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Some Roads Reopened in Brazil, Truck Strike Persists

Maritime Activity Reports, Inc.

February 27, 2015

Striking truckers lifted their blockade of dozens of highways in Brazil after police began fining and arresting protesters, though strike organizers said they had no plans to end their stoppage now in its 10th day.

Road blockages were reported at 59 locations across six states on Friday down from the Thursday count of 88 road blocks, according to the latest report from highway police. Most protesting drivers rejected an initial government offer and negotiations were not scheduled to resume until March 10.

Even so, a spokesman for Paranagua port said 514 soy trucks had arrived on Friday, up from 255 trucks at the same time on Thursday. Brazil is the world's No. 2 soy producer and a top global supplier.

Silos at Paranagua, the second-largest soy export port in Brazil, now have enough soybeans to keep filling ships until March 3 rather than March 2, spokeswoman Ceres Battistelli said.

"That buys us one more day we could load ships without running out of soybeans," Battistelli said.

Chicago Board Of Trade March soybeans have risen steadily on fears of supply disruptions because of the strike and were up 0.4 percent on Friday.

The highway police bulletin said 25 fines had been issued in Parana state, where Paranagua is located, and one person had been arrested in Mato Grosso do Sul state.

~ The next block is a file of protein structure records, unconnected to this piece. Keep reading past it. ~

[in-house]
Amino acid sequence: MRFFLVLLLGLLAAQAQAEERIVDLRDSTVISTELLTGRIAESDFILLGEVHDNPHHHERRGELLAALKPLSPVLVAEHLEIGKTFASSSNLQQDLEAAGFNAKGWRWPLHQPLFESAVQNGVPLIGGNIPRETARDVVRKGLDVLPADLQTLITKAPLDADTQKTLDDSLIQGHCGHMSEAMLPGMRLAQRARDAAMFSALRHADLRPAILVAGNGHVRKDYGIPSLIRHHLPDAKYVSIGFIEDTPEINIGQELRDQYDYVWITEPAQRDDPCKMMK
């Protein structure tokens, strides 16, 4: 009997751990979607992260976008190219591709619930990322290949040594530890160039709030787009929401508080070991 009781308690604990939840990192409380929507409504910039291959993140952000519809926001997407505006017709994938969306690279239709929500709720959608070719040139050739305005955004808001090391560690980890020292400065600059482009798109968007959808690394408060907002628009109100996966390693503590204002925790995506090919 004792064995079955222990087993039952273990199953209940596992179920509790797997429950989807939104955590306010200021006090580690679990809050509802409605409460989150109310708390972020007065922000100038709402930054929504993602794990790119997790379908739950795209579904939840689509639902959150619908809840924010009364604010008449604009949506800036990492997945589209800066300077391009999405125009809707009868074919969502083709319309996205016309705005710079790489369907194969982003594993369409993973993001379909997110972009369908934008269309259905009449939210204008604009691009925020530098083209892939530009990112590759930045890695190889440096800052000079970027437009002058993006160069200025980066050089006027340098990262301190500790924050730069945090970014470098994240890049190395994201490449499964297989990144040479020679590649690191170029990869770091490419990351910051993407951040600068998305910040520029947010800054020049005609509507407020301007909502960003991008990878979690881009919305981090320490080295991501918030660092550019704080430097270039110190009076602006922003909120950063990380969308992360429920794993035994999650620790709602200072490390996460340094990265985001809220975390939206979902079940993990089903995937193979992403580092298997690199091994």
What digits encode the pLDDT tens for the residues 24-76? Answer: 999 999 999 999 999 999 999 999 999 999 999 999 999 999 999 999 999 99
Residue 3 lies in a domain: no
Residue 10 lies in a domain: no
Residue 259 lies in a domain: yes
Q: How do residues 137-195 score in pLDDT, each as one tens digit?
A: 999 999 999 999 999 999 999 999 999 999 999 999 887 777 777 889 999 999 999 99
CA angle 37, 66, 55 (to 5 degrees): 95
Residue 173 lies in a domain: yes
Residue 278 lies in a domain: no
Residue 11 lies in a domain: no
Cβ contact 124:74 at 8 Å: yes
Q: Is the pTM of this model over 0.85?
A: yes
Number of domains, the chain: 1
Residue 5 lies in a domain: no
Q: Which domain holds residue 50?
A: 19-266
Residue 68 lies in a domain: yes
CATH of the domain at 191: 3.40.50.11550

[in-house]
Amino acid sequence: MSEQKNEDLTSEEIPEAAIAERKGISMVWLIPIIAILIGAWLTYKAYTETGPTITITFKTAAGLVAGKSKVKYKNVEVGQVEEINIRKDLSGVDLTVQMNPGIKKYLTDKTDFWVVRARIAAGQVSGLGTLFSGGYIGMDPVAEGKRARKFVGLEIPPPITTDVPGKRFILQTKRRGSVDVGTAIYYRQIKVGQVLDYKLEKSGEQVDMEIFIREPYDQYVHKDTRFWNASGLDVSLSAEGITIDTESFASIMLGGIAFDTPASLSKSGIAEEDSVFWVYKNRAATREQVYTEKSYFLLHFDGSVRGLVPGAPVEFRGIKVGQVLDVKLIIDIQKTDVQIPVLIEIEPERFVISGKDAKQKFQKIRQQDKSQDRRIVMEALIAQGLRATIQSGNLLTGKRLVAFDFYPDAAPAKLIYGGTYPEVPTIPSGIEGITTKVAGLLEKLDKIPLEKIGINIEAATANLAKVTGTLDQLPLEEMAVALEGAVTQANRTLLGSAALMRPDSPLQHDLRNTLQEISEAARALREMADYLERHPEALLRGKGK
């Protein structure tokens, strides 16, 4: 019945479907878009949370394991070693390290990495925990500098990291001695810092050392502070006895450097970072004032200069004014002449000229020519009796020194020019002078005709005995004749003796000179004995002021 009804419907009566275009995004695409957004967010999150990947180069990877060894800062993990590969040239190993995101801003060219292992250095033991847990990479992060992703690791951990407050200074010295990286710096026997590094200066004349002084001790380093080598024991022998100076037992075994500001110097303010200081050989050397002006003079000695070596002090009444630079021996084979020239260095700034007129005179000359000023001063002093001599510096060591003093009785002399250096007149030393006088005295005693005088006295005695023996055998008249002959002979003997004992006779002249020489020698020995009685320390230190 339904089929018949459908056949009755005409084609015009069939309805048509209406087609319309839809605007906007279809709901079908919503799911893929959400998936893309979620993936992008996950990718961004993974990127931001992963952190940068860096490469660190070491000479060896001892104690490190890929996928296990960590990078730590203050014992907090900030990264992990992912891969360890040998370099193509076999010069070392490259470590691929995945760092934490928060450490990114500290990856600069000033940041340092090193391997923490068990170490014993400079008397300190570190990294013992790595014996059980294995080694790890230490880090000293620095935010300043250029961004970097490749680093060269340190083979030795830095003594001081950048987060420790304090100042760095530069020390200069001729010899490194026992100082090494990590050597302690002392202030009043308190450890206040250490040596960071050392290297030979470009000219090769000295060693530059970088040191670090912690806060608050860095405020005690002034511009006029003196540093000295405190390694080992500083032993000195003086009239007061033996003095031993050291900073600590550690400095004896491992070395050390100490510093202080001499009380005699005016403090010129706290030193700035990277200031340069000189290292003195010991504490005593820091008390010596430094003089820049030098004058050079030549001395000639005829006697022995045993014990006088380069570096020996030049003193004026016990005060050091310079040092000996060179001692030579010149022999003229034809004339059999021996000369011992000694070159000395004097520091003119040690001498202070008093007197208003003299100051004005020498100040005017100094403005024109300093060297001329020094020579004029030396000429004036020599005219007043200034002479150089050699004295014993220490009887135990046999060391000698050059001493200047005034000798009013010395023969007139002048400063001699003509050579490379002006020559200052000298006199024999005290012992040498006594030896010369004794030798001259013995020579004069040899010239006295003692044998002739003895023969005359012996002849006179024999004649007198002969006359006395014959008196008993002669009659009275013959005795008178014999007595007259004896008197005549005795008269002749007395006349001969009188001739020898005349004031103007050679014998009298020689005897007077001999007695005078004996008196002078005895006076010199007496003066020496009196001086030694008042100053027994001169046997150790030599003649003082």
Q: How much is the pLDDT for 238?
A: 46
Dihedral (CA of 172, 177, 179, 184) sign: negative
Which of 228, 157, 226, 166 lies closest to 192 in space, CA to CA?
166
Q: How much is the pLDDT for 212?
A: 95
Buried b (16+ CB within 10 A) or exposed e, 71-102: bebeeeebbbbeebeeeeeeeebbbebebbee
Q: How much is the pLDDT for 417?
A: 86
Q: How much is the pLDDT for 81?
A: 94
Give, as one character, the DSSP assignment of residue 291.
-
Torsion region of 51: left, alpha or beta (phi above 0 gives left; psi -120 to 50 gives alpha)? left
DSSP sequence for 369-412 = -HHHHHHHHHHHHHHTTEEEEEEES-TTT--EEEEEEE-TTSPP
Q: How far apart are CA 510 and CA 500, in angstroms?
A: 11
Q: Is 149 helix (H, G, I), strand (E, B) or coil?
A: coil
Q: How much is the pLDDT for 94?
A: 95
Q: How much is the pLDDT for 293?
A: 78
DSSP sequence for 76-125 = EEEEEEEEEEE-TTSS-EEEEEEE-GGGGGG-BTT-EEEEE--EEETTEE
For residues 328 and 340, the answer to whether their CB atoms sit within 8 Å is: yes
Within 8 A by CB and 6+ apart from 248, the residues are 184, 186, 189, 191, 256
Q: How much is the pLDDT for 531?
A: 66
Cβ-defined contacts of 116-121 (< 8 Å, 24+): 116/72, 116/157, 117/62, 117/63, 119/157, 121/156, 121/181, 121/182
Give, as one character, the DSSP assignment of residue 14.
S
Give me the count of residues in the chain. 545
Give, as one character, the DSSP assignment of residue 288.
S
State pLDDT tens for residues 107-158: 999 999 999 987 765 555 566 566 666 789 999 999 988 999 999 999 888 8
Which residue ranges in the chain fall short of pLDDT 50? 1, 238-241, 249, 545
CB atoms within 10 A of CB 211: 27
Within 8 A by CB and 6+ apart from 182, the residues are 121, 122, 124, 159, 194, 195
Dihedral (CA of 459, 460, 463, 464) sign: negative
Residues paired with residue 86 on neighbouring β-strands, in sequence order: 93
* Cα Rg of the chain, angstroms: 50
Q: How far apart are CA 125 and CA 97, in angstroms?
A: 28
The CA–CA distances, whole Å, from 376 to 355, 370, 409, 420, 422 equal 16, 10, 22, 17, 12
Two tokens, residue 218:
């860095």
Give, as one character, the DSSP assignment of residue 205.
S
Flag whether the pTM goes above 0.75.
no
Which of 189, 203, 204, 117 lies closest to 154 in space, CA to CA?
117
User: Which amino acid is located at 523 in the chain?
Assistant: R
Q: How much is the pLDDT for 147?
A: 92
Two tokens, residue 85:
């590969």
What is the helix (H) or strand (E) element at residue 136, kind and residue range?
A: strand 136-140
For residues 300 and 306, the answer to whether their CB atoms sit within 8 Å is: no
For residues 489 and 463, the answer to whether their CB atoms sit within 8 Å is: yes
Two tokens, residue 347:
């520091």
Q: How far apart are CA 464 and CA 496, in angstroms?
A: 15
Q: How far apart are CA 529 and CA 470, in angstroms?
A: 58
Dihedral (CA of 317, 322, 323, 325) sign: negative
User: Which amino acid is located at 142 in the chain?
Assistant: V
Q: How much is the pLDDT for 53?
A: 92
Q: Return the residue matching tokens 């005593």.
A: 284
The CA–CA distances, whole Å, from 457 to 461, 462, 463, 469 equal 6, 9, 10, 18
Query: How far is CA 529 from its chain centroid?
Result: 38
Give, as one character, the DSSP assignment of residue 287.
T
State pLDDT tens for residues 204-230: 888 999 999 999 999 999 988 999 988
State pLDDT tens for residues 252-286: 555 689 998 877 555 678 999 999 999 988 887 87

Brazil's top soybean export port of Santos has remained open without disruption since Wednesday.

The trucker strike was sparked by mounting frustration over high diesel prices and rising freight costs. Brazil's government has yet to sufficiently address those concerns, the president of national autonomous transport federation Diumar Bueno told Reuters, meaning there is no end in site for the protests.

The government has offered to freeze diesel prices for six months but not to lower them.

Another protest leader told Reuters on Thursday that drivers were not swayed by Justice Minister Jose Eduardo Cardozo's threat to impose fines of 5,000 to 10,000 reais ($1,700-$3,400) per hour on truckers who illegally blocked roads.

Chairman Abilio Diniz of BRF SA, the world's largest chicken exporter, said on Friday the company was struggling to fulfill export orders because of the blockages.

"This is a sad moment for our country," Diniz said.

Reporting by Reese Ewing, Leonardo Goy and Caroline Stauffer

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